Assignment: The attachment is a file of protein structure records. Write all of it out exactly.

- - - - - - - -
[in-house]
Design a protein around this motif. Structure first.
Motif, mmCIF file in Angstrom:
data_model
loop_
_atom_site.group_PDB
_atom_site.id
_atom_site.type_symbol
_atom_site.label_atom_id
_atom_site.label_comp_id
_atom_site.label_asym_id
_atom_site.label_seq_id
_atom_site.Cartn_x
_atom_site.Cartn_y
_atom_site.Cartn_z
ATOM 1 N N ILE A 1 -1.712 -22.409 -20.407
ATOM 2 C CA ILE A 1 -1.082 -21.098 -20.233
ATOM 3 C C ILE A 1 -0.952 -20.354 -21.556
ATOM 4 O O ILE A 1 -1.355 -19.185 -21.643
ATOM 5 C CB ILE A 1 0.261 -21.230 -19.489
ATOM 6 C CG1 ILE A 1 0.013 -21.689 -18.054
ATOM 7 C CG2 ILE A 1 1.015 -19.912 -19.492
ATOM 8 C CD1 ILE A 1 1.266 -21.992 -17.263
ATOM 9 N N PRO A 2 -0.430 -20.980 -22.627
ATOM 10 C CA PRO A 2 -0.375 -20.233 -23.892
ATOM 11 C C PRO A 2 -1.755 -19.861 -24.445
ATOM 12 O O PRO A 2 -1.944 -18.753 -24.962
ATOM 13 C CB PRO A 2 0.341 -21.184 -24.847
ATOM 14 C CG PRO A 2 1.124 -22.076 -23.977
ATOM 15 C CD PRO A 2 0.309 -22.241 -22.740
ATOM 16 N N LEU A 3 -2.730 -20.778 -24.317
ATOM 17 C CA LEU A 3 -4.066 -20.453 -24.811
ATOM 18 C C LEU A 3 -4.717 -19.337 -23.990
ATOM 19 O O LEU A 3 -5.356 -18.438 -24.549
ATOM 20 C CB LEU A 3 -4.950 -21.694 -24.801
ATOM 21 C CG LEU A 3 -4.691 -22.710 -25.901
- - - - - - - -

[in-house]
Design a protein around this motif. Structure first.
Motif, mmCIF file in Angstrom:
data_model
loop_
_atom_site.group_PDB
_atom_site.id
_atom_site.type_symbol
_atom_site.label_atom_id
_atom_site.label_comp_id
_atom_site.label_asym_id
_atom_site.label_seq_id
_atom_site.Cartn_x
_atom_site.Cartn_y
_atom_site.Cartn_z
ATOM 1 N N ILE A 1 -1.712 -22.409 -20.407
ATOM 2 C CA ILE A 1 -1.082 -21.098 -20.233
ATOM 3 C C ILE A 1 -0.952 -20.354 -21.556
ATOM 4 O O ILE A 1 -1.355 -19.185 -21.643
ATOM 5 C CB ILE A 1 0.261 -21.230 -19.489
ATOM 6 C CG1 ILE A 1 0.013 -21.689 -18.054
ATOM 7 C CG2 ILE A 1 1.015 -19.912 -19.492
ATOM 8 C CD1 ILE A 1 1.266 -21.992 -17.263
ATOM 9 N N PRO A 2 -0.430 -20.980 -22.627
ATOM 10 C CA PRO A 2 -0.375 -20.233 -23.892
ATOM 11 C C PRO A 2 -1.755 -19.861 -24.445
ATOM 12 O O PRO A 2 -1.944 -18.753 -24.962
ATOM 13 C CB PRO A 2 0.341 -21.184 -24.847
ATOM 14 C CG PRO A 2 1.124 -22.076 -23.977
ATOM 15 C CD PRO A 2 0.309 -22.241 -22.740
ATOM 16 N N LEU A 3 -2.730 -20.778 -24.317
ATOM 17 C CA LEU A 3 -4.066 -20.453 -24.811
ATOM 18 C C LEU A 3 -4.717 -19.337 -23.990
ATOM 19 O O LEU A 3 -5.356 -18.438 -24.549
ATOM 20 C CB LEU A 3 -4.950 -21.694 -24.801
ATOM 21 C CG LEU A 3 -4.691 -22.710 -25.901